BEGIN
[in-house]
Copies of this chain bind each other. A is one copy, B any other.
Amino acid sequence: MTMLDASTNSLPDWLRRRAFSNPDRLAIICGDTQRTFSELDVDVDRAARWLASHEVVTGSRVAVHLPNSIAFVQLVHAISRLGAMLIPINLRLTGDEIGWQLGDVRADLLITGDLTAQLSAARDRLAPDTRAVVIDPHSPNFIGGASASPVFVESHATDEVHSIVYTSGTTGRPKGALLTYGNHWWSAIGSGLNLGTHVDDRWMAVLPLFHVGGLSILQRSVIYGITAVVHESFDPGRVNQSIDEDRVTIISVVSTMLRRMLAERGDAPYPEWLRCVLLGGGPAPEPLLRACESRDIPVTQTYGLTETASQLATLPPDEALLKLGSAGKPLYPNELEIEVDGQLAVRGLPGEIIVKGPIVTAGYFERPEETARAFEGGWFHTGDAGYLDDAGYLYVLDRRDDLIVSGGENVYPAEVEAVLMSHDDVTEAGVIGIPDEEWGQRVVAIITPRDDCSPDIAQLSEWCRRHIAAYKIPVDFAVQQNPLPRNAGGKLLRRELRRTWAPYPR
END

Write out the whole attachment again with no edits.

[in-house]
Copies of this chain bind each other. A is one copy, B any other.
Amino acid sequence: MTMLDASTNSLPDWLRRRAFSNPDRLAIICGDTQRTFSELDVDVDRAARWLASHEVVTGSRVAVHLPNSIAFVQLVHAISRLGAMLIPINLRLTGDEIGWQLGDVRADLLITGDLTAQLSAARDRLAPDTRAVVIDPHSPNFIGGASASPVFVESHATDEVHSIVYTSGTTGRPKGALLTYGNHWWSAIGSGLNLGTHVDDRWMAVLPLFHVGGLSILQRSVIYGITAVVHESFDPGRVNQSIDEDRVTIISVVSTMLRRMLAERGDAPYPEWLRCVLLGGGPAPEPLLRACESRDIPVTQTYGLTETASQLATLPPDEALLKLGSAGKPLYPNELEIEVDGQLAVRGLPGEIIVKGPIVTAGYFERPEETARAFEGGWFHTGDAGYLDDAGYLYVLDRRDDLIVSGGENVYPAEVEAVLMSHDDVTEAGVIGIPDEEWGQRVVAIITPRDDCSPDIAQLSEWCRRHIAAYKIPVDFAVQQNPLPRNAGGKLLRRELRRTWAPYPR